The Constitution has aged pretty well, “but only because it has been periodically amended,” Charles Lane suggested in his Aug. 8 op-ed, “No office for old men (or women).” Indeed, our founding governmental document was a brilliant product of 18th-century political compromise — forged, it’s worth noting, by wealthy and often enslaving White men when the country was home to fewer than 4 million people. Remarkably, for its time, it launched a reasonably democratic form of government, bounded by declared human rights, that has survived for more than 230 years. We owe the document immense respect.
But recent political realities make its dysfunction obvious, among them the high and currently politically insurmountable bar to amendment. Evidence of the need for amendment includes the breakdown of the undemocratic Senate, the failure of the electoral college to award the presidency to candidates gaining the most popular votes and the growing swagger of state legislatures empowered to manipulate election-district boundaries and possibly even the outcomes of elections. An undemocratically appointed Supreme Court majority sees no human rights or governmental authority not explicitly codified in the Constitution. It’s hard to see how to adapt outmoded rules of self-government to a time of human-caused climate change and popular demands for gender and racial equality. But one good start would be to work, even if against all odds, to amend the document aggressively. The objective should be, in Mr. Lane’s words, “to correct its initial flaws, adapt to new realities and help the system stay forever young.”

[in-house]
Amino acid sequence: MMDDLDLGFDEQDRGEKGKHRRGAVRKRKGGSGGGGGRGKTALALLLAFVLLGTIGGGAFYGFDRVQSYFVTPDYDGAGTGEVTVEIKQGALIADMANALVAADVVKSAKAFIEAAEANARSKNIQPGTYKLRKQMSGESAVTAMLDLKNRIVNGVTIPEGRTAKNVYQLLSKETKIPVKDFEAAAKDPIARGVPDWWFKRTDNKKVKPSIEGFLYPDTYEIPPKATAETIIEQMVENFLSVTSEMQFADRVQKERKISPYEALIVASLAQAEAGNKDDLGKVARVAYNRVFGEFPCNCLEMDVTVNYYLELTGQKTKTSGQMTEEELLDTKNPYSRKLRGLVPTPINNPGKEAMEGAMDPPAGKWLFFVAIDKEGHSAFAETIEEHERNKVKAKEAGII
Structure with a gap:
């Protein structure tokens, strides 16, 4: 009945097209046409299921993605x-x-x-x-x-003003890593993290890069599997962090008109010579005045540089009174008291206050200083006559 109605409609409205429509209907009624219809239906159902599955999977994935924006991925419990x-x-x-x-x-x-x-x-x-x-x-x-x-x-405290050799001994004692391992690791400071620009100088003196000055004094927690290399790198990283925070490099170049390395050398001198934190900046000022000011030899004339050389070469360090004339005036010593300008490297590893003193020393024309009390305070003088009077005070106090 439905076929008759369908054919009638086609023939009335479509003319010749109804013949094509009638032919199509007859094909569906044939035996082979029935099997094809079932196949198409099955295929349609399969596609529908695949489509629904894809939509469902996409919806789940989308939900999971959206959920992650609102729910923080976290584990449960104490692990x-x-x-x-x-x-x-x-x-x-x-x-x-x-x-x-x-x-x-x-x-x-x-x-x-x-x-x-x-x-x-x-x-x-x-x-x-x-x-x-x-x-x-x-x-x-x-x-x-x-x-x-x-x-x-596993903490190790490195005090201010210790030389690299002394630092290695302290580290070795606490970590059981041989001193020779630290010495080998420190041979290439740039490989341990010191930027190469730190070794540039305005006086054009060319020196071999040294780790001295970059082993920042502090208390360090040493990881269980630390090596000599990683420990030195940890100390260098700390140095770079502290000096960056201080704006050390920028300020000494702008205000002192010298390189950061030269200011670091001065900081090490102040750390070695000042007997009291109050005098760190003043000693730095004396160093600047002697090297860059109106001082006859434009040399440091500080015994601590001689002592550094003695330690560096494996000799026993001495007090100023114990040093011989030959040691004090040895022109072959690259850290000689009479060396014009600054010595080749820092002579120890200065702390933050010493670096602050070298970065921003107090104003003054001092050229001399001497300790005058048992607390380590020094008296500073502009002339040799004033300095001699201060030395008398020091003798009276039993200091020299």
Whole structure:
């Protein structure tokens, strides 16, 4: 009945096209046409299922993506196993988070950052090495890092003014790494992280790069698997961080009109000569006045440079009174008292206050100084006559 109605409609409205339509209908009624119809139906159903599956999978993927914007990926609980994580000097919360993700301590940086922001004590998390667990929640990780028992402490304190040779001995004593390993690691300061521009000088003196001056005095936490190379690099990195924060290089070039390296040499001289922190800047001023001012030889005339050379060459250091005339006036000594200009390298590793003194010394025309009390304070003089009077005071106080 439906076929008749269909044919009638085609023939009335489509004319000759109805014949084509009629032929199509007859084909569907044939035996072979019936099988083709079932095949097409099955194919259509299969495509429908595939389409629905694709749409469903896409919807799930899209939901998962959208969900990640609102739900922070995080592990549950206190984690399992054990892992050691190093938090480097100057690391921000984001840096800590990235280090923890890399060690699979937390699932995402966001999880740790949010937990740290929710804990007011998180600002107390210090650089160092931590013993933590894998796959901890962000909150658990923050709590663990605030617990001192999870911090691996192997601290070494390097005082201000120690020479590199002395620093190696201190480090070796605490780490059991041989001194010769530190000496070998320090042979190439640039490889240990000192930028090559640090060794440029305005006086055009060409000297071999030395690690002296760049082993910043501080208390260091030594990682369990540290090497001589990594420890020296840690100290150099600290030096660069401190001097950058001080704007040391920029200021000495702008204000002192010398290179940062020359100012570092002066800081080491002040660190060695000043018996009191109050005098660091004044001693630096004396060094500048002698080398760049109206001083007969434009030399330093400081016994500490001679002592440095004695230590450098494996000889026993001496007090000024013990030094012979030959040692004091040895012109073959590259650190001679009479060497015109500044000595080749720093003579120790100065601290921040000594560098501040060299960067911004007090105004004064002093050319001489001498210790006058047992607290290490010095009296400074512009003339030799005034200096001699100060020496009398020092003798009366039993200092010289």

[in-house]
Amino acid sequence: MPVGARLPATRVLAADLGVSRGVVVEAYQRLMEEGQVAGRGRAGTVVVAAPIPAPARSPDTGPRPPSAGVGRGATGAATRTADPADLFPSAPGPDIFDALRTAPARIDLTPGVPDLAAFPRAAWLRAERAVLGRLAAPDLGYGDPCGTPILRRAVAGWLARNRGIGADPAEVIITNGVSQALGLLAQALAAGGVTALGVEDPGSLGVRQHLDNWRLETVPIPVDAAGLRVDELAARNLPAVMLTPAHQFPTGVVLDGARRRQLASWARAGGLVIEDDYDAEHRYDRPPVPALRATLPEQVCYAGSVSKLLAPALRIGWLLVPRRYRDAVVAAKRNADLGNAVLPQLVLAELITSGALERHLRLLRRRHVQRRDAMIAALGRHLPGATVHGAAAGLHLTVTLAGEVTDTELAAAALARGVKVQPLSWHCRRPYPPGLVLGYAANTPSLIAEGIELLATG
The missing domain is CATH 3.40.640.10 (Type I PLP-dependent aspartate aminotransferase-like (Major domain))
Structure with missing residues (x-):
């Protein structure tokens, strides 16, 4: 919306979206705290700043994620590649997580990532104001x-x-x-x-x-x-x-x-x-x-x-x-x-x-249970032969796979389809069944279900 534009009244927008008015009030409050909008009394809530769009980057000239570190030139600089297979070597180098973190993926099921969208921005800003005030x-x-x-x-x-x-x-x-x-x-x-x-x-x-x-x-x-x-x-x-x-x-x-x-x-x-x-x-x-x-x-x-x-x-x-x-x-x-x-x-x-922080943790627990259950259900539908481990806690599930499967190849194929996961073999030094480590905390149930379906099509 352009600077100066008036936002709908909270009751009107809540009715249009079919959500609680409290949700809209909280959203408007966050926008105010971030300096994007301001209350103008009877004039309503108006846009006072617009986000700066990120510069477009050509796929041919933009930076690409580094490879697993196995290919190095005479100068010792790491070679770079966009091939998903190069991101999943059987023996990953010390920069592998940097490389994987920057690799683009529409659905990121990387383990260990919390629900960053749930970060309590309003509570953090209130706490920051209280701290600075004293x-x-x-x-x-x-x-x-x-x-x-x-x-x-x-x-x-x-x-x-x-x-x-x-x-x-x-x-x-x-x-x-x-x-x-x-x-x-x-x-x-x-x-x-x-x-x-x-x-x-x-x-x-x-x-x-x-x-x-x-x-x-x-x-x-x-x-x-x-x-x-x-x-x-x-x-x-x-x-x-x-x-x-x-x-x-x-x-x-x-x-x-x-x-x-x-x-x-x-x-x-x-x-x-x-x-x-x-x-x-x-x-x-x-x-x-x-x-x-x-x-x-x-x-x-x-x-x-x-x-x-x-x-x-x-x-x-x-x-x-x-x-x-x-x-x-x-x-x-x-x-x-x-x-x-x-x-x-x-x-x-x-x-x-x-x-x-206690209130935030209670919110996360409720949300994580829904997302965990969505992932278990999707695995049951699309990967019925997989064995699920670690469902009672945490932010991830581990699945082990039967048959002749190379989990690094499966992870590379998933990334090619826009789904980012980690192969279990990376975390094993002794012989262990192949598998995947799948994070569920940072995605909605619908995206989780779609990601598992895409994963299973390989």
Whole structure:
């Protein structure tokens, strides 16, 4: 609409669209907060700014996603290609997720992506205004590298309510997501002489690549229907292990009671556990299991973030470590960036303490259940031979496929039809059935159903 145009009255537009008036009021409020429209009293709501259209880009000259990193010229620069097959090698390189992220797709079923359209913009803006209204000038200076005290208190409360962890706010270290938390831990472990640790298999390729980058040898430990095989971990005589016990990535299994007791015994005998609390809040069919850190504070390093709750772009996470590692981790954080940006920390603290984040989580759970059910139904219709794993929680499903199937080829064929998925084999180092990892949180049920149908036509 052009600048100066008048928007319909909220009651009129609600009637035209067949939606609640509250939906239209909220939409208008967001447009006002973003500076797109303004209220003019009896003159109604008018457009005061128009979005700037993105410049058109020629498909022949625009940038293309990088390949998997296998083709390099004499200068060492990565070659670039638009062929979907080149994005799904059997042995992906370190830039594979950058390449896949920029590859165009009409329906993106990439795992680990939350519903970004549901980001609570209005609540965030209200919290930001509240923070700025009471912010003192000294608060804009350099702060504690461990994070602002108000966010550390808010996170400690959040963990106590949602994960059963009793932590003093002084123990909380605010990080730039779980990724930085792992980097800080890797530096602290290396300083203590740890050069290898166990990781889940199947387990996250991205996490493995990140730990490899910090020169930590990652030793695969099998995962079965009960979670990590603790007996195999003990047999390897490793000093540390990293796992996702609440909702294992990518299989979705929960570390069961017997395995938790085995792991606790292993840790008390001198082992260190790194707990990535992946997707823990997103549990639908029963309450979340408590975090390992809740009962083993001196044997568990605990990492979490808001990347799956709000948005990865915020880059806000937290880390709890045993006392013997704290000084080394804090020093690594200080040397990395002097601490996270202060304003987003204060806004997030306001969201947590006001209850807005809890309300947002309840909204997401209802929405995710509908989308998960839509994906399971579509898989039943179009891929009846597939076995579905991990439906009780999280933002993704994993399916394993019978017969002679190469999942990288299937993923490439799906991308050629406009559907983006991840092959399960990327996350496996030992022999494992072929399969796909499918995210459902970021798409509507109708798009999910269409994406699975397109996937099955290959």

Robert Engelman, Takoma Park